He needed to shape things, make them his. Stones in the garden, carved wooden bookstands, the absence of light in certain corners of the house, all captured this need. His was not so much a desire for control as a means of learning, of observing and participating in processes not ordinarily viewed as such. To watch shadows develop in the presence of trees and vine-covered walls, flowering for brief moments, their entire lives encompassed in seconds: he wanted to hold and be held, to breathe in what the air brought him and return what he could. To live.
what greeting is this?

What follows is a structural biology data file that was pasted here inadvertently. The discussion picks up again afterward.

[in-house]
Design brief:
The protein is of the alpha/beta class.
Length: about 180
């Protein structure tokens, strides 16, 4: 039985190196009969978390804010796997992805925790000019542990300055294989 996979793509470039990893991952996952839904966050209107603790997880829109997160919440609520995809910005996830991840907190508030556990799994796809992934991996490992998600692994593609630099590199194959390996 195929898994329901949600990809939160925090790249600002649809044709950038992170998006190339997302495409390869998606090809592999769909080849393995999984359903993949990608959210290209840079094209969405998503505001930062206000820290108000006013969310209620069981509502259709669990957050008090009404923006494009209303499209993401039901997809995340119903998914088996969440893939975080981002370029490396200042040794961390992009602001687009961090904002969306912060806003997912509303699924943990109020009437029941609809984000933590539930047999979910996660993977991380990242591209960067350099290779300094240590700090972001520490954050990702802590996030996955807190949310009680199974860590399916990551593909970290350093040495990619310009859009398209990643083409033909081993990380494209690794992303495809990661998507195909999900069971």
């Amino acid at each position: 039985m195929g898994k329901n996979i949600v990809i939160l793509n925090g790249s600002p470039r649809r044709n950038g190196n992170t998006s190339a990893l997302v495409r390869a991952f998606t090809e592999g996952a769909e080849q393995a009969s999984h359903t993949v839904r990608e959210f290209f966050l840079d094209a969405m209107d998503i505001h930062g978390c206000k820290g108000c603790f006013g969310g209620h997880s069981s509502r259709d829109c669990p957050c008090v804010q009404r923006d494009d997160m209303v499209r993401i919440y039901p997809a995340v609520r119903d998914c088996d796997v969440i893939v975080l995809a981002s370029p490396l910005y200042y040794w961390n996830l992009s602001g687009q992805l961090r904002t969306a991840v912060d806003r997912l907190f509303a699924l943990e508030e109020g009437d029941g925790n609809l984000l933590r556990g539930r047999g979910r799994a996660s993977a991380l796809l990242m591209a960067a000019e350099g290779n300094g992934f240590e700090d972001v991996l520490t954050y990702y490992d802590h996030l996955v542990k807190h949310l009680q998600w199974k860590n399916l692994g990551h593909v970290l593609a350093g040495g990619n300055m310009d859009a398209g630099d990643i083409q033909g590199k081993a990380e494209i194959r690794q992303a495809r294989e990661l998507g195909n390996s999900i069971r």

bugs tapping at my window
tell me winter’s gone
In the evening he often sat in a room lit only by a candle in an old iron lantern. He preferred candlelight for it did not obliterate darkness as did the electric lamps, but diminished it, allowing a room new life. Each crevice in the book shelves became a new world, each doorway an entrance to something beyond one’s perceptions of black and white, the difference of moon and sun. Corners lost their edges. Shadows flowered with every movement of the candle’s flame, became hands without bodies, fingers tapping time to an unheard music.
no gods in this room
singing the blues
darkness lights the way
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